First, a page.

As Trappists, the 30 monks of Mepkin Abbey lead a strict contemplative life that purposefully separates them from what modern culture proclaims to be essential elements of human happiness: parties, TV, sports, restaurants, fashionable clothes, homes, cars, vacations, even families.
Mepkin Abbey is built on the ruins of a colonial rice plantation that was once a center of the slave trade.The name Mepkin is probably from the native Americans who lived in the South Carolina area before they were driven from the land. Mepkin's painful history echoes in many ways the monk's spiritual striving and reaches deep into America's spiritual past to dreams crushed and silent, to man's inhumanity to man, to the fleeting nature of material goods.
A Trappist is a classic monk. He wears a medieval white robe with black cowl. The greater part of his day is spent in solitude, study, and prayer. He lives in a small, spare room with only a handful of possessions. Meals are simple vegetarian, eaten without conversation. He rises at 3 A.M., and prays with the community seven times a day. His work is primarily physical labor at the monastery. The financial rewards of that labor never exceed the costs of maintaining the monastery and the community of monks that live and worship there. On the surface, it is a life seemingly at odds with the rest of society. The monk knows that his lifestyle is a severe counter-culture. He may not know that many in society consider his lfestyle to be out-of-step and out-of-date; but alluring nonetheless.
The desire of monks to be apart from what is considered every day life, has allowed myths to envelop the monastic culture. Polished public relations and hyperbole, while embraced by modern American society, are not a part of the monks' agenda. As a result, there is often great misunderstanding, and even fear of monasticism in our culture. But there is also an abiding curiosity, a fascination in both the religious and secular worlds about what draws a person to the austere, holy, and hidden life of a monk.
The roots of Monasticism can be found in the desert. In men like the prophets Elias, Hosea and John the Baptist. Western Monasticism probably began with Anthony in the fourth century. As the decay of the Roman Empire ushered in the dark ages, monasteries became havens for people who prized education, justice, peace and Judeo-Christian values. They were not only the driving force behind European religion, but also commerce, engineering, architecture, agriculture, education and government. At their zenith, monasteries rivaled in wealth and influence Europe's greatest kingdoms. Yet this material success led inevitably to the great monasteries demise, so that within Europe's now-ruined abbeys lie the same awe-inspiring lessons about spirituality vs. materialism that first formed them. And just as the purer aspirations of the Christian monk attracted the disillusioned Roman soldiers of 1600 years ago, it still attracts the child of the computer age today.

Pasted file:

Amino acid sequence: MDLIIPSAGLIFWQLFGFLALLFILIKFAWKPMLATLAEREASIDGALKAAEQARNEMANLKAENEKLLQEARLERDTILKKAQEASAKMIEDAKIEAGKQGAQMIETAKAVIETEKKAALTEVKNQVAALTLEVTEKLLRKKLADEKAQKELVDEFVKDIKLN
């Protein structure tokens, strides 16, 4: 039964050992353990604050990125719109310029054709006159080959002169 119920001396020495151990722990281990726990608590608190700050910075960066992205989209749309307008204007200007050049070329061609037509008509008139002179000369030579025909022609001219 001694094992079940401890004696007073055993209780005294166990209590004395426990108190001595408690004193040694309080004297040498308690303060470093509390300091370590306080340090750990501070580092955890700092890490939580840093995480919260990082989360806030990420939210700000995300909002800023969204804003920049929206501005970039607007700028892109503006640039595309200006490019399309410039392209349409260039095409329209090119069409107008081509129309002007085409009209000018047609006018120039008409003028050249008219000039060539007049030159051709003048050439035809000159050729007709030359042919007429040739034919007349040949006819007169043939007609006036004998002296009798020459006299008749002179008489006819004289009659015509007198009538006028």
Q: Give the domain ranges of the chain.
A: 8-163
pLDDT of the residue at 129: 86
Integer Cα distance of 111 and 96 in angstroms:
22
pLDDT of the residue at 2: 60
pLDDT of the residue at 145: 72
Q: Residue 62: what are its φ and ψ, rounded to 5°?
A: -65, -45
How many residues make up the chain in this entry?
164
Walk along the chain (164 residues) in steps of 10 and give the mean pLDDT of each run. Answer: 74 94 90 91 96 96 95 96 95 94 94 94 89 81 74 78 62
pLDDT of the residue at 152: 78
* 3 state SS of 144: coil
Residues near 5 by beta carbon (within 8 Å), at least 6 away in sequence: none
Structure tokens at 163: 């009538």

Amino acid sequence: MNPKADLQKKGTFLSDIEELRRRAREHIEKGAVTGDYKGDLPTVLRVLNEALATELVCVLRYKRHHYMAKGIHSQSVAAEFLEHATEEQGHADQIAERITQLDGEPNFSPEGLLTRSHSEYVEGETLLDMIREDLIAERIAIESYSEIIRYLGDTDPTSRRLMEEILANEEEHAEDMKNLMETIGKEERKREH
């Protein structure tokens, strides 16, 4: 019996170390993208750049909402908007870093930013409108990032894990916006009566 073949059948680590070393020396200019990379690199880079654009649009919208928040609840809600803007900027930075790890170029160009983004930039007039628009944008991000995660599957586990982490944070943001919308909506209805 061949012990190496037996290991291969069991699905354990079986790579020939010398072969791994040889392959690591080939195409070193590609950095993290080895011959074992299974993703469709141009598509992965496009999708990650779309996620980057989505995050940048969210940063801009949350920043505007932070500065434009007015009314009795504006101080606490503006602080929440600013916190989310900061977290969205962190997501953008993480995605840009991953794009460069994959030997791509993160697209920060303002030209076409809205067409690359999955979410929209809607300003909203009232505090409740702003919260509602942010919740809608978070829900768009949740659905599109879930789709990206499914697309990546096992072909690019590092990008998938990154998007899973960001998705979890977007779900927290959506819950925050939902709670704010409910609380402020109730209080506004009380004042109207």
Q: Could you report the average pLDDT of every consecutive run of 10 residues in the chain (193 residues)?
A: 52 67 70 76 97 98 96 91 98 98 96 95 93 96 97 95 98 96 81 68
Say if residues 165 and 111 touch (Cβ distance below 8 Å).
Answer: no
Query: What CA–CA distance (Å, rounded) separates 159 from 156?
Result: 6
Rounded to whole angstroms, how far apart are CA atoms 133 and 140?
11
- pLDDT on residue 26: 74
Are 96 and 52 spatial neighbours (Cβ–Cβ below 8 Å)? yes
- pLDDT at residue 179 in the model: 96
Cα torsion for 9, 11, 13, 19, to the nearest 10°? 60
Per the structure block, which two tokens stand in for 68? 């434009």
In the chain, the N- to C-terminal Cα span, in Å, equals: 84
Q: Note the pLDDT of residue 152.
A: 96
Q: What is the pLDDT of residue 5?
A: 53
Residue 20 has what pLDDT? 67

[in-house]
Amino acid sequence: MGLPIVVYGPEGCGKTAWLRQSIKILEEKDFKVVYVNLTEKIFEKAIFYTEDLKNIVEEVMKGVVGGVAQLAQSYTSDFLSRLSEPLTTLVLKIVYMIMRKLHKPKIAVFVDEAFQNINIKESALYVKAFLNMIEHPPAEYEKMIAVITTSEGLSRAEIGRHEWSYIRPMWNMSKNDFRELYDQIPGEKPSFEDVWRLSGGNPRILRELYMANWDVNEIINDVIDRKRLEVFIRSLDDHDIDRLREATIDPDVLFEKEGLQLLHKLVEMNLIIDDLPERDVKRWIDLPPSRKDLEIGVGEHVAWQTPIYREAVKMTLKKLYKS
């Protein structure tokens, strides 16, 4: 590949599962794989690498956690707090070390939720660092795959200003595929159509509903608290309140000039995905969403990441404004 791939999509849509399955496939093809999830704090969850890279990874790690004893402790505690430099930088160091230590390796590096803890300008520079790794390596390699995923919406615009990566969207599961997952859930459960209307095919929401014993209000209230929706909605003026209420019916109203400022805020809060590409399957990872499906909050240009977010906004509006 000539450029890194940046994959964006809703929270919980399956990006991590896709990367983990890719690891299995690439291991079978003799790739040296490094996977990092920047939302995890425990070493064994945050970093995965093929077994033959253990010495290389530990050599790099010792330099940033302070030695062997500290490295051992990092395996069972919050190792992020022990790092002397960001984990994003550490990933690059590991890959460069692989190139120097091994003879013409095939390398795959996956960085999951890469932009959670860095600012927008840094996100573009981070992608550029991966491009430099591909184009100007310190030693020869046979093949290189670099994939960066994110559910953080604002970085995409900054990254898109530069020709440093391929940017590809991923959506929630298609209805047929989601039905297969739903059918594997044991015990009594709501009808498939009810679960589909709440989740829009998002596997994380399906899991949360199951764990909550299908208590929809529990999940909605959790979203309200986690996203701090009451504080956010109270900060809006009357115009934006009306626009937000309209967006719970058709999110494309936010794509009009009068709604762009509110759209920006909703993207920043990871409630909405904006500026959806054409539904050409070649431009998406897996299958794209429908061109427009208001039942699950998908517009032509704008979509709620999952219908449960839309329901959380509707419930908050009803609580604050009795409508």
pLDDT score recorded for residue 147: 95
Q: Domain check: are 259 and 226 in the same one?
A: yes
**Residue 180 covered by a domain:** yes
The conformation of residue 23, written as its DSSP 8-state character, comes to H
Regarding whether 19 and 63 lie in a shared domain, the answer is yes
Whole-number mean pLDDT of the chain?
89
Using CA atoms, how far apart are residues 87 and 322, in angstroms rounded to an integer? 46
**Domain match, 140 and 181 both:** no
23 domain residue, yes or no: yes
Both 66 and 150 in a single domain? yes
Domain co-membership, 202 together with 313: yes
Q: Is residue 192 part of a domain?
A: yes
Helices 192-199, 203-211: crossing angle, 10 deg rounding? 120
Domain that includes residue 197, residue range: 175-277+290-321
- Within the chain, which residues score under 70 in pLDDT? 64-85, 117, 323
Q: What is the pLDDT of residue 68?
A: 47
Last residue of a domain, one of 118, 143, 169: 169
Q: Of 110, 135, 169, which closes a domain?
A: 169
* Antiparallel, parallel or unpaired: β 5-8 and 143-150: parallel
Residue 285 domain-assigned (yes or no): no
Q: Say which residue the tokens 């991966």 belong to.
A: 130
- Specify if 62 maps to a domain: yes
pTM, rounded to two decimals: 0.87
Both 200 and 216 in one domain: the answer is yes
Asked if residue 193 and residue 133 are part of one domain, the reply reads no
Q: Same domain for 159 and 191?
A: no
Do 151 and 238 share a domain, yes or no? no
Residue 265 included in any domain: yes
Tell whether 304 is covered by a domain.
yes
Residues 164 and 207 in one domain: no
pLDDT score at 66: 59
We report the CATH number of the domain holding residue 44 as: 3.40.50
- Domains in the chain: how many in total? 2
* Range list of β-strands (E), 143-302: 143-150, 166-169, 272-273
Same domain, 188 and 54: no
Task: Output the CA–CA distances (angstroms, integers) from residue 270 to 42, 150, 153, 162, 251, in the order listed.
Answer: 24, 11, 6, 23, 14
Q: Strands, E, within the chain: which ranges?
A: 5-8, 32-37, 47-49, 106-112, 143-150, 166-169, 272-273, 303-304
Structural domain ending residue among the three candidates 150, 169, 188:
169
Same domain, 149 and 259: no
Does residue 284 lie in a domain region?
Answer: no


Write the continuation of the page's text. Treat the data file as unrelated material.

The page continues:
In recent years, monasticism is being greeted with renewed respect by a new generation that has propelled a simple CD of Gregorian chants into a totally unexpected platinum hit on the world's pop music charts. Best-selling books such as Kathleen Norris' Cloister Walk and the numerous popular works of respected physician/authors Herbert Benson and M. Scott Peck support many of monasticism's tenets.
TRAPPIST will look at the formation of a monk, the individual stories of men who have spent a half-century or more within cloistered walls, and of other men who are considering that monumental step. TRAPPIST will explore the monastery's place in the world today; its uncertain future in a world where the monastic values of celibacy, poverty, humility and selflessness are overwhelmed in a cynical riptide of materialism and sensation.
TRAPPIST will show that monks are not perfect people. Their problems are often surprisingly mundane, their struggles all too familiar. They share the same doubts, fears and inner burdens of all humanity. But as our post-modern culture accelerates its drive toward increasing stress, ruthless competition, and moral ambiguity, and its many attendant personal and social problems, the monk's steadfast and hopeful commitment to the contemplative life and its spiritual quests may offer some insight, some solutions. Our exploration of monasticism may allow people to discover within themselves some of those same qualities that have guided the Trappists and their forerunners to the highest peaks of success and through years of near-extermination over 16 centuries. Perhaps such lessons will help humanity vault the yawning ethical chasm that imperils its passage into the upcoming millennium.
Features interviews with best-selling authors Thomas Moore (Care of the Soul), Kathleen Norris (The Cloister Walk) and Herbert Beson, MD (The Wellness Book).